Three months since the referendum, Project Fear's economic warnings have already proven false. But none are more bogus than those of Remain's most recalcitrant rearguard: the SNP.
Nicola Sturgeon makes out that, compared to the rest of the UK, Scotland's economy will be particularly badly hit by Brexit.
But what's the basis for this idea?
As Moneyweek's Matthew Lynn writes, the numbers don't support the SNP's case. Because, compared to the UK as a whole, Scotland does a much lower proportion of its trade with the European single market.
Excluding oil and gas, Scotland's exports to the EU are worth £11.6 billion per year, compared to £15.2 billion for those to the rest of the world, and £48 billion to the rest of the UK. So, if Scotland left the UK post-Brexit, just 18% of its total exports would go to the EU.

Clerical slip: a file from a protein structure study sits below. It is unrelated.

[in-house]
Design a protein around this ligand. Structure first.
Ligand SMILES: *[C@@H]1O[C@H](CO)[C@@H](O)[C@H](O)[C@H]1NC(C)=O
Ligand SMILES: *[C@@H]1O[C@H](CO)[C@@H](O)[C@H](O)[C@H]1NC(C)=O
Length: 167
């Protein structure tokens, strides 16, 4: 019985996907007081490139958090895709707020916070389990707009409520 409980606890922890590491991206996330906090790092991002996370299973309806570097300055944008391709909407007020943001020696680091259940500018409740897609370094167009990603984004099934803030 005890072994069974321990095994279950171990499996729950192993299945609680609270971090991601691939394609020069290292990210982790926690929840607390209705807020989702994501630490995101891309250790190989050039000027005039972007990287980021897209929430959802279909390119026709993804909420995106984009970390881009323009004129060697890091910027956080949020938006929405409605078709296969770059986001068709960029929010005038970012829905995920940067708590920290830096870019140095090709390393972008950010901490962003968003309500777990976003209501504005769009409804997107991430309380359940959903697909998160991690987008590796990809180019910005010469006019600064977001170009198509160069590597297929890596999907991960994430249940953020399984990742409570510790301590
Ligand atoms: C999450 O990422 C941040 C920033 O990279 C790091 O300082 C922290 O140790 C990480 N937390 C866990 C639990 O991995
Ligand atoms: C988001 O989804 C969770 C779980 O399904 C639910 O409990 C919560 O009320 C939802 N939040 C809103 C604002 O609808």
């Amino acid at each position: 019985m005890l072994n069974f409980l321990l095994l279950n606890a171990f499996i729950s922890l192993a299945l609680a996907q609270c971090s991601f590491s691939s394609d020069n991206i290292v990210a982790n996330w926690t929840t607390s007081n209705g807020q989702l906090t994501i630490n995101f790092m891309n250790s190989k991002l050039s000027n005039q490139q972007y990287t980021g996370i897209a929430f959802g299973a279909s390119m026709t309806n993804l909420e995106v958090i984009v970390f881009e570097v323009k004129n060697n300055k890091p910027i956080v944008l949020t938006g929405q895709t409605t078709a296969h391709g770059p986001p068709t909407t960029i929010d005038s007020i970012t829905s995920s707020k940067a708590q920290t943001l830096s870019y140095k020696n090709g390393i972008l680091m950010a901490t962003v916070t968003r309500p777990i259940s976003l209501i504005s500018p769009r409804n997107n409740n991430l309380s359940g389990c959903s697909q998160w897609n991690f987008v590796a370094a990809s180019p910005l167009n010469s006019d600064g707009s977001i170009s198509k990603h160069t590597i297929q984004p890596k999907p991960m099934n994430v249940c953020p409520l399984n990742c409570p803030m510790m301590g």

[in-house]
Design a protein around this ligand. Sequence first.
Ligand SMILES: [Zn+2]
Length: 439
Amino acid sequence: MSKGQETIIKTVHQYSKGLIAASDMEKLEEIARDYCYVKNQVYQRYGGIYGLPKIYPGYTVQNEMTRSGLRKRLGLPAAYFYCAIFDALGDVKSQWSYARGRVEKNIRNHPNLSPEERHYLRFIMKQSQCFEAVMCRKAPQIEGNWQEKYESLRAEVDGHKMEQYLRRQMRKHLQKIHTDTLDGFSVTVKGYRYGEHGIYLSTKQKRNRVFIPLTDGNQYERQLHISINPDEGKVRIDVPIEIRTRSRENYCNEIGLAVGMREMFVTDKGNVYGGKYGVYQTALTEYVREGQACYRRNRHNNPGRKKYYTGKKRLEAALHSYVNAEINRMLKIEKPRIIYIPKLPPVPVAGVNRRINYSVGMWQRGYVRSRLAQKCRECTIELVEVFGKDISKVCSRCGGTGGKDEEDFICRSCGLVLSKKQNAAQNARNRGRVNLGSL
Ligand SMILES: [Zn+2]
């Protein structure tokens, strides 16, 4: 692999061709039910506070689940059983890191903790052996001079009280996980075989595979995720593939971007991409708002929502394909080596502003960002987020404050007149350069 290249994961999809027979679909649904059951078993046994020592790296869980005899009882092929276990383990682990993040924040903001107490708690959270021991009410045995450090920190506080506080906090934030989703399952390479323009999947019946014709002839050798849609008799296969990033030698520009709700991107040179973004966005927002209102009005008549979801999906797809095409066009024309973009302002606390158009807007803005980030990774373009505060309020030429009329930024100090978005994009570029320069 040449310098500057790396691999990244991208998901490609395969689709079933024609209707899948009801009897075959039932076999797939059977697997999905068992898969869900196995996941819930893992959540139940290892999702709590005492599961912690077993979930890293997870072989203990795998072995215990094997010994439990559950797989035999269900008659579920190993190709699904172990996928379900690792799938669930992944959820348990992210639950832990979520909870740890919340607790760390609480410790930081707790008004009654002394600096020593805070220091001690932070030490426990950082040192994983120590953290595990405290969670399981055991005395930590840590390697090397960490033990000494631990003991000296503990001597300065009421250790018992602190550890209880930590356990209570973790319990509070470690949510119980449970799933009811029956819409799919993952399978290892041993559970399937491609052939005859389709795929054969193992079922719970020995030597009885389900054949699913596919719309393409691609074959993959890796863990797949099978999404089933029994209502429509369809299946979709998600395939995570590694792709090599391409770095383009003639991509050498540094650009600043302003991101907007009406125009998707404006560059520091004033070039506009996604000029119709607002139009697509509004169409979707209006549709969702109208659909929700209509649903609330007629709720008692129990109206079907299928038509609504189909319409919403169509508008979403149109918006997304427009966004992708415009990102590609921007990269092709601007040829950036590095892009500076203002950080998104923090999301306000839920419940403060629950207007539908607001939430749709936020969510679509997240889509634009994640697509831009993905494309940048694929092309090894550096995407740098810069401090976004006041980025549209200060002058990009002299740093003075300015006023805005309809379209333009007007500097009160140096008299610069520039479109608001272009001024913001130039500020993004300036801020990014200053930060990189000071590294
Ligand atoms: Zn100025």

Moreover, its exports to the EU fell by 16% last year – the fastest of any of the four nations in the UK.
Plus, businesses in Scotland already use much less cheap EU labour than those elsewhere in the UK. Just 7% of Scotland's workers are born abroad, compared to 13% for the country as a whole.
Then there are the opportunities. New free-trade deals could, for example, cut massive tariffs on exports of Scotch to developing countries, like India.
The SNP's goal of an independent Scotland is fundamentally political, not economic – as Nicola Sturgeon admits. What political union Scotland should be part of is up to the Scottish people. But it's got nothing to do with the economics of Brexit.
"A revolutionary text ... right up there with the Communist manifesto" - Dominic Lawson, Sunday Times
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